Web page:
BY Lori Murray
Marigolds have come to be associated with passion, so much so that they have been used as love charms and wrapped in wedding garlands. October’s magnolia is an evergreen with a lovely fragrance and a certain sweetness. It also displays a love of nature.
This is the month we look forward to!! Some nurseries are already flooded with vibrant possibilities, and there’s more to come! It’s time to plan and plant beds and containers for winter color, to add compost to our soils, to plant vegetables and to fertilize lawns to promote their health through the winter. Chrysanthemums and Poinsettias are ready to be fed too. In the cooler climate, roses, petunias, chrysanthemums, and impatients move to center stage.
POINSETTIAS: Beginning October 1st, make sure the plant has complete darkness at night. If you cannot keep it from light in the nighttime, cover it with a box. This is very important because the colors of the bracts are created through photoperiodism, meaning that they require darkness to change colors. They need 12 hours at a time for at least 5 days in a row. This darkness creates the colors of the bracts. When the bracts are colored, the plant will need bright abundant sunlight during the day for the brightest color.
PLANT: TREES (late in the month) – This month and the next are optimum times for planting trees in the Rio Grande Valley. Texas Arbor Day is actually November 1st. Flowers have no end of possibilities: anemone, scarified bluebonnet seeds, calendula, candytuft, carnation, Canterbury bell, daylilies, delphinium, geranium, gladiolas, hollyhock, Dutch iris, oxalis, pansy, petunia, phlox, pinks, ranaculus, roses, snapdragon, stock, and any of a host of other flowers that appeal to you. Vegetables include beets, beans, broccoli, Brussel sprouts, cabbage, cauliflower, carrots, spinach, collards, spinach, lettuce, mustard onions, turnips. Tomatoes do very well but remember that you may have to protect them should the weather turn unseasonably cold. Various herbs do well during our cooler months, so you can plant cilantro, basil, and parsley now for use throughout the winter. Only your imagination limits your choices! This is also a time to plant St Augustine and winter rye grass.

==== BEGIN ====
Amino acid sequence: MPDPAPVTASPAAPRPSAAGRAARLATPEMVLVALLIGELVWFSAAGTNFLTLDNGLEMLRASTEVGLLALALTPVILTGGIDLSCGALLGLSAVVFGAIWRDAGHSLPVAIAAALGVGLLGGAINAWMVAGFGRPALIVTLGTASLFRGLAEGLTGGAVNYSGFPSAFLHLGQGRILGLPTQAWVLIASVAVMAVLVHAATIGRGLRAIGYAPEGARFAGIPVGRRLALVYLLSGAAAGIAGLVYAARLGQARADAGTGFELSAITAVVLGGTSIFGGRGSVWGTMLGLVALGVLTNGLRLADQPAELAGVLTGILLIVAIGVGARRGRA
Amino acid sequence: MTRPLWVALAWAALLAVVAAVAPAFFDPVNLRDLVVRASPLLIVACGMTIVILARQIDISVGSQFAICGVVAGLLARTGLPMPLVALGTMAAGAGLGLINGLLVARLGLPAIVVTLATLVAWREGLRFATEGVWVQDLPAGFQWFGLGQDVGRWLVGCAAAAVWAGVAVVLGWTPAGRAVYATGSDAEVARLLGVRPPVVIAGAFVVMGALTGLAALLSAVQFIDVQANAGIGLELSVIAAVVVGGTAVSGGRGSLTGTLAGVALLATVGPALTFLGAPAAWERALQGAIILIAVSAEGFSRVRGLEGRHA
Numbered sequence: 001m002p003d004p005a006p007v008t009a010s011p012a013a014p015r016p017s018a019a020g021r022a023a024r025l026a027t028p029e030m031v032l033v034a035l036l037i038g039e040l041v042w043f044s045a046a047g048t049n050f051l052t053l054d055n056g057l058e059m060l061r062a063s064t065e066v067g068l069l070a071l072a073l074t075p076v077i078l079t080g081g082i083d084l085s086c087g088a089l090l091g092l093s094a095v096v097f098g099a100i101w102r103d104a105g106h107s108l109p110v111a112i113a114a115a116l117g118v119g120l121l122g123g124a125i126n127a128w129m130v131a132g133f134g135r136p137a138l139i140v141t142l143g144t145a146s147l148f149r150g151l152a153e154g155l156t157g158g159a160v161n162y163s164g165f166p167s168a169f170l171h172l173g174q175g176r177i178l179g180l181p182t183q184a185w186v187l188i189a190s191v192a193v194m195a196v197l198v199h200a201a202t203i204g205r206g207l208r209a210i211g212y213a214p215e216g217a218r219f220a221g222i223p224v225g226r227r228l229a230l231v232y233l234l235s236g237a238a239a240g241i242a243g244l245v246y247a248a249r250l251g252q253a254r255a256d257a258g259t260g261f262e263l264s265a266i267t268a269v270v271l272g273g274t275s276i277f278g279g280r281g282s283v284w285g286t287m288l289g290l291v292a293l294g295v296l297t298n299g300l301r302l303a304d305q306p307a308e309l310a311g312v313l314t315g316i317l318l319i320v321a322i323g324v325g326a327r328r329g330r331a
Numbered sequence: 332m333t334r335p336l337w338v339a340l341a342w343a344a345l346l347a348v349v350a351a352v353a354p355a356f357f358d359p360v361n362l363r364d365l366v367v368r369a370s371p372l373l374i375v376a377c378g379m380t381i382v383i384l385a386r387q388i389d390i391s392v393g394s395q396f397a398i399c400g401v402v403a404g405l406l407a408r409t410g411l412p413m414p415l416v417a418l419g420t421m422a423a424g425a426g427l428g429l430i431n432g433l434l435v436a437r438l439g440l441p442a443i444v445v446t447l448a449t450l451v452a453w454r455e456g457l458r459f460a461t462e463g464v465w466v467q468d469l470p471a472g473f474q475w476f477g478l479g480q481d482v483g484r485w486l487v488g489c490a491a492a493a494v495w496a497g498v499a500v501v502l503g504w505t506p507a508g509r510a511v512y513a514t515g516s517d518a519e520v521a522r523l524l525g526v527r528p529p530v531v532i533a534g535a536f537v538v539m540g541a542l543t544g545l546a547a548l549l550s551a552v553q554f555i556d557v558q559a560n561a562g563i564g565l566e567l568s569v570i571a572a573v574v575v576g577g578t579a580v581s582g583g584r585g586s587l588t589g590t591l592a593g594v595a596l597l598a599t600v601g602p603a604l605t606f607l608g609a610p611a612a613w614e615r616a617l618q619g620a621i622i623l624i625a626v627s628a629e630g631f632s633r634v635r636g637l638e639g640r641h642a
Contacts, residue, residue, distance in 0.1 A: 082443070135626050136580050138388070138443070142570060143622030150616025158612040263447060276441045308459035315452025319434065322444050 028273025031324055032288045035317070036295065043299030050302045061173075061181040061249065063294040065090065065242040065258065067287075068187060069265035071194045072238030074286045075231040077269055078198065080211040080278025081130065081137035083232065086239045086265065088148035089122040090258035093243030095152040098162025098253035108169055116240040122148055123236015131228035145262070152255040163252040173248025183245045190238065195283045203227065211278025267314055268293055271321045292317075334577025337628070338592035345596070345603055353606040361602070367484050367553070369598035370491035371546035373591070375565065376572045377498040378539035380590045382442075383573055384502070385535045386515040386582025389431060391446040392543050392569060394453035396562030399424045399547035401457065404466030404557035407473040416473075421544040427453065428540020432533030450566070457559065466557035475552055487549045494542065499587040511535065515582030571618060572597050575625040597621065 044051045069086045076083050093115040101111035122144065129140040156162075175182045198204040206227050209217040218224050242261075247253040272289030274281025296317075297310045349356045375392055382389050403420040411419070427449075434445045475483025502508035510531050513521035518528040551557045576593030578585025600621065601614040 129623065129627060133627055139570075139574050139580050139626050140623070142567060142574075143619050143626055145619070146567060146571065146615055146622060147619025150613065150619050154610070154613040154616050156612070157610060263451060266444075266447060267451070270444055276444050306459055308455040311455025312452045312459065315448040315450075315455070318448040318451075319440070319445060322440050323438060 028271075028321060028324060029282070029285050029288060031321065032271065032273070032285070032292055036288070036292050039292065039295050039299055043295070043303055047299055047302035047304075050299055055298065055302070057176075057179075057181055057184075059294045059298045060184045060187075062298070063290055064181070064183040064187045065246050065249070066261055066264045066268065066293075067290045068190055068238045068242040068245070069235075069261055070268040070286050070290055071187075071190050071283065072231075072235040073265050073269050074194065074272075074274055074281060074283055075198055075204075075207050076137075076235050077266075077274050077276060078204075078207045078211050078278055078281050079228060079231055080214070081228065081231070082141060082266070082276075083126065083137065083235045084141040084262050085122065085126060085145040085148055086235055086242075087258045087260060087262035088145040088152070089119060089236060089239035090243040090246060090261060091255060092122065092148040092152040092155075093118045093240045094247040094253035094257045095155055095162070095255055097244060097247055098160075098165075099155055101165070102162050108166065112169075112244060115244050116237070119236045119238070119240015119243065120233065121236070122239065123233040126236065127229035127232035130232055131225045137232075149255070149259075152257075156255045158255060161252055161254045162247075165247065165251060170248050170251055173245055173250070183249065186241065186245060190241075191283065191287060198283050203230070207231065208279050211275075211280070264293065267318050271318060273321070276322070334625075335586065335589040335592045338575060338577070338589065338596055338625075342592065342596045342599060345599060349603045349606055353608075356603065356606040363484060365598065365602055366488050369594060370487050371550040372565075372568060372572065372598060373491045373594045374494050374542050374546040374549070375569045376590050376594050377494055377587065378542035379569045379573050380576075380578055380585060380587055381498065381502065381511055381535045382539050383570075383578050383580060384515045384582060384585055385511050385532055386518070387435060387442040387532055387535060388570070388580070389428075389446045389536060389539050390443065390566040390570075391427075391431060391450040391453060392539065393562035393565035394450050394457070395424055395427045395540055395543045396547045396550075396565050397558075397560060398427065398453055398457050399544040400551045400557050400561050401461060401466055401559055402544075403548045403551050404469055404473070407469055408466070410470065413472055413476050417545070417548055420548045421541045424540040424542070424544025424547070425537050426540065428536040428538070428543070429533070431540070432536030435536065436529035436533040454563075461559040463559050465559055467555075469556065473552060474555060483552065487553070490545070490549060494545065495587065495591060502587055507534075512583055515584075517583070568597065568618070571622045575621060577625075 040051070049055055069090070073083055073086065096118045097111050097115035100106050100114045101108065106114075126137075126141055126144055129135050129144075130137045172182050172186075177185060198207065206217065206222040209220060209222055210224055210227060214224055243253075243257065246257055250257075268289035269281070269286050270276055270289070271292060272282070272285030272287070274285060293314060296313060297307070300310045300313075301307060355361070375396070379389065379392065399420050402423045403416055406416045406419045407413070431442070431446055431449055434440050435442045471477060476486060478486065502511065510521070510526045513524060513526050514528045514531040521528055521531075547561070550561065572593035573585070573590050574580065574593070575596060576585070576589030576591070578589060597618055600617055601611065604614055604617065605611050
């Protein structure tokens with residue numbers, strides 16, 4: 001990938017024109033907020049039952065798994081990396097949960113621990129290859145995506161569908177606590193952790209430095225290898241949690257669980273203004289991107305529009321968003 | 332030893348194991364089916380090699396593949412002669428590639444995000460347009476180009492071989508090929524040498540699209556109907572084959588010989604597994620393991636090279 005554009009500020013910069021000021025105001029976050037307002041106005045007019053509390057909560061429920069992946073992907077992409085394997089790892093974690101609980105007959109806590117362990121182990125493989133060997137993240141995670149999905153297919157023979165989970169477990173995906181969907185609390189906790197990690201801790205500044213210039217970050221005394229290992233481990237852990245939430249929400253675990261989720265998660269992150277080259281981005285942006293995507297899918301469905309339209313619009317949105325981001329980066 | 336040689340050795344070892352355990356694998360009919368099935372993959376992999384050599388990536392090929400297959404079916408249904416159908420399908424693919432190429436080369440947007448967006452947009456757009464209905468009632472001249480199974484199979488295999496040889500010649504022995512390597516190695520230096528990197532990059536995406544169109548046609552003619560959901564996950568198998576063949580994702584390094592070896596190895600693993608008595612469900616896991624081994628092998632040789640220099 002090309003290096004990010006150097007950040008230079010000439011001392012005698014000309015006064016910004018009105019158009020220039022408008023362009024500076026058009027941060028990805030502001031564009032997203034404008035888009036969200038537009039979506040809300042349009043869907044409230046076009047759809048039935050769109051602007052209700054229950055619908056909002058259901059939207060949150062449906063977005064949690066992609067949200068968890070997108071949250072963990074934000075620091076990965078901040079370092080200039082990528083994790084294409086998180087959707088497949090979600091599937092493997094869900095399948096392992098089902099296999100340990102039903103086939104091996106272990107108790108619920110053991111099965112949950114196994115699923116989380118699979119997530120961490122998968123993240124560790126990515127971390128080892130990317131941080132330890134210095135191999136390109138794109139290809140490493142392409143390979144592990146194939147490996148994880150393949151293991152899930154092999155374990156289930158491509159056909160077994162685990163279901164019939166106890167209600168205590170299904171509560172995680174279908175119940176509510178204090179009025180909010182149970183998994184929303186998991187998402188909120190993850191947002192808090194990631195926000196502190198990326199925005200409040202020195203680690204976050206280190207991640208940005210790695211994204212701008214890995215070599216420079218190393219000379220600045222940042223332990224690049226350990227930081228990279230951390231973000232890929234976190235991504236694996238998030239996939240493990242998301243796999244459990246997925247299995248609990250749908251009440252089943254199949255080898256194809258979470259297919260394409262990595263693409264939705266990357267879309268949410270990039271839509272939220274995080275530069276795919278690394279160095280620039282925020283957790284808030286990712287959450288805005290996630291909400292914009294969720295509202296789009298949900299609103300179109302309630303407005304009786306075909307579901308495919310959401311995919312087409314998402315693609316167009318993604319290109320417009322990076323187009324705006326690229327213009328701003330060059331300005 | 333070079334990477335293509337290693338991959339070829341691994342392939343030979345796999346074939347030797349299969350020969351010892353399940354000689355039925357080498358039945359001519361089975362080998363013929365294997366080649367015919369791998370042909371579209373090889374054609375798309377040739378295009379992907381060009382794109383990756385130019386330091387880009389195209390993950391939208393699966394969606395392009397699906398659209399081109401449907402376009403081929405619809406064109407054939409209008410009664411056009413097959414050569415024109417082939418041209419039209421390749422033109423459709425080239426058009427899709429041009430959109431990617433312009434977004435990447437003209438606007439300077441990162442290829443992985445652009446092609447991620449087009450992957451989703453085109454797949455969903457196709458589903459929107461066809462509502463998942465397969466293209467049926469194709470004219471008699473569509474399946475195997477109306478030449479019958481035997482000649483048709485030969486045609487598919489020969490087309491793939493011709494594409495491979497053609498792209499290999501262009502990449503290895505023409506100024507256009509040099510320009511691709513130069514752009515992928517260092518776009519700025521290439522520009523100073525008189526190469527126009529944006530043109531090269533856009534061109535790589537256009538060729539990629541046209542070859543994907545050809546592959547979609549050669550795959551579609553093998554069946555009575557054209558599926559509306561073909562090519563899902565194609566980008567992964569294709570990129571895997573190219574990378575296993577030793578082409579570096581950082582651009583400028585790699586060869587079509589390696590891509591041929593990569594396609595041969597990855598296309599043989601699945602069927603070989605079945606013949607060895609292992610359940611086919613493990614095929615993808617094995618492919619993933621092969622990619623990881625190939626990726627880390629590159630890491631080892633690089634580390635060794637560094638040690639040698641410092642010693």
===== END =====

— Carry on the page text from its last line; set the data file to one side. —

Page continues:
FERTILIZE: grass and trees
HARVEST: Avocados, citrus, cucumbers, early green beans
CREATE: a new bed for roses or other appealing bloomers that won’t be damaged by a cold spell